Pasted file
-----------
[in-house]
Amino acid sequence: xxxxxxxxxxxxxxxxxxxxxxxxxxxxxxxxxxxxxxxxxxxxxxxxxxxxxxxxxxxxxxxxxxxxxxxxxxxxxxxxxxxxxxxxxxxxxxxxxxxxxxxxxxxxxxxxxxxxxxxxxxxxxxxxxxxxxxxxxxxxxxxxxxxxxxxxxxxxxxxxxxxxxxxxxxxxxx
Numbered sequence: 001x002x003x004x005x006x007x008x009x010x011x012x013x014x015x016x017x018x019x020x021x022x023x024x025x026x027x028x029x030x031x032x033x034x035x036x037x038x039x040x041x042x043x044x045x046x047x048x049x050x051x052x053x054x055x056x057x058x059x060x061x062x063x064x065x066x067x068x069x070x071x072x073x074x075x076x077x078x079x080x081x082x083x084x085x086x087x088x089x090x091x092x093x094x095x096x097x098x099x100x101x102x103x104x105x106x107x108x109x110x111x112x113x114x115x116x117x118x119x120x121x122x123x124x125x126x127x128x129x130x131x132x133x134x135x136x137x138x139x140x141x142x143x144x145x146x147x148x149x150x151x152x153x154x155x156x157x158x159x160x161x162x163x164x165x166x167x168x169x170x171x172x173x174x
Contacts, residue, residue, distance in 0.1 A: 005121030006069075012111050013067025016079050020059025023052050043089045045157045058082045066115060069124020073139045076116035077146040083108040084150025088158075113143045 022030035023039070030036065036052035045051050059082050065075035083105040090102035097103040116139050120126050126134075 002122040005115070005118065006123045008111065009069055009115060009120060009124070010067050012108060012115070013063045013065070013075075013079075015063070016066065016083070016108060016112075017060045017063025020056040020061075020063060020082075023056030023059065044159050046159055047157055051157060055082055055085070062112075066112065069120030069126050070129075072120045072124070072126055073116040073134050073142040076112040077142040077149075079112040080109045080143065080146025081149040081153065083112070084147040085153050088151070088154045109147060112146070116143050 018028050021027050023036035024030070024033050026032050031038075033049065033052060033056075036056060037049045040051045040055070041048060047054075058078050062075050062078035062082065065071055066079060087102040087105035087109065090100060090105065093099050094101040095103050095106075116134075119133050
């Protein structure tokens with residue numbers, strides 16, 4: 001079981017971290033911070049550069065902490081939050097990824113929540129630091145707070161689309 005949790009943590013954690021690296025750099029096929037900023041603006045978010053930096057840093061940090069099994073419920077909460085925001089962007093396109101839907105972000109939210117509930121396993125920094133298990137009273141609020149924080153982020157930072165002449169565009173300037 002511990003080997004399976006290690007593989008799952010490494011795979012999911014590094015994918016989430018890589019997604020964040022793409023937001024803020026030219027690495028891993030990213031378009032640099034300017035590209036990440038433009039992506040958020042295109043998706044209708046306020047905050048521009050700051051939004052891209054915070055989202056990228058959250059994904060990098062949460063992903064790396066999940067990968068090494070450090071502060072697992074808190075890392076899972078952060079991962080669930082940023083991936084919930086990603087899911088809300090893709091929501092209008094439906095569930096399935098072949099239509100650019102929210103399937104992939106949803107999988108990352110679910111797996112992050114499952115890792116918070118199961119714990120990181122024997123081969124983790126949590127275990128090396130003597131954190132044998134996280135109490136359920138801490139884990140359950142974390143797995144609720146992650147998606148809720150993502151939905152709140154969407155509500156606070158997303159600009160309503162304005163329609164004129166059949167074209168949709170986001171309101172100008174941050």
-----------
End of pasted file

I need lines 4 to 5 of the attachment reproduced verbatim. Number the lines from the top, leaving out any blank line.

Contacts, residue, residue, distance in 0.1 A: 005121030006069075012111050013067025016079050020059025023052050043089045045157045058082045066115060069124020073139045076116035077146040083108040084150025088158075113143045 022030035023039070030036065036052035045051050059082050065075035083105040090102035097103040116139050120126050126134075 002122040005115070005118065006123045008111065009069055009115060009120060009124070010067050012108060012115070013063045013065070013075075013079075015063070016066065016083070016108060016112075017060045017063025020056040020061075020063060020082075023056030023059065044159050046159055047157055051157060055082055055085070062112075066112065069120030069126050070129075072120045072124070072126055073116040073134050073142040076112040077142040077149075079112040080109045080143065080146025081149040081153065083112070084147040085153050088151070088154045109147060112146070116143050 018028050021027050023036035024030070024033050026032050031038075033049065033052060033056075036056060037049045040051045040055070041048060047054075058078050062075050062078035062082065065071055066079060087102040087105035087109065090100060090105065093099050094101040095103050095106075116134075119133050
């Protein structure tokens with residue numbers, strides 16, 4: 001079981017971290033911070049550069065902490081939050097990824113929540129630091145707070161689309 005949790009943590013954690021690296025750099029096929037900023041603006045978010053930096057840093061940090069099994073419920077909460085925001089962007093396109101839907105972000109939210117509930121396993125920094133298990137009273141609020149924080153982020157930072165002449169565009173300037 002511990003080997004399976006290690007593989008799952010490494011795979012999911014590094015994918016989430018890589019997604020964040022793409023937001024803020026030219027690495028891993030990213031378009032640099034300017035590209036990440038433009039992506040958020042295109043998706044209708046306020047905050048521009050700051051939004052891209054915070055989202056990228058959250059994904060990098062949460063992903064790396066999940067990968068090494070450090071502060072697992074808190075890392076899972078952060079991962080669930082940023083991936084919930086990603087899911088809300090893709091929501092209008094439906095569930096399935098072949099239509100650019102929210103399937104992939106949803107999988108990352110679910111797996112992050114499952115890792116918070118199961119714990120990181122024997123081969124983790126949590127275990128090396130003597131954190132044998134996280135109490136359920138801490139884990140359950142974390143797995144609720146992650147998606148809720150993502151939905152709140154969407155509500156606070158997303159600009160309503162304005163329609164004129166059949167074209168949709170986001171309101172100008174941050």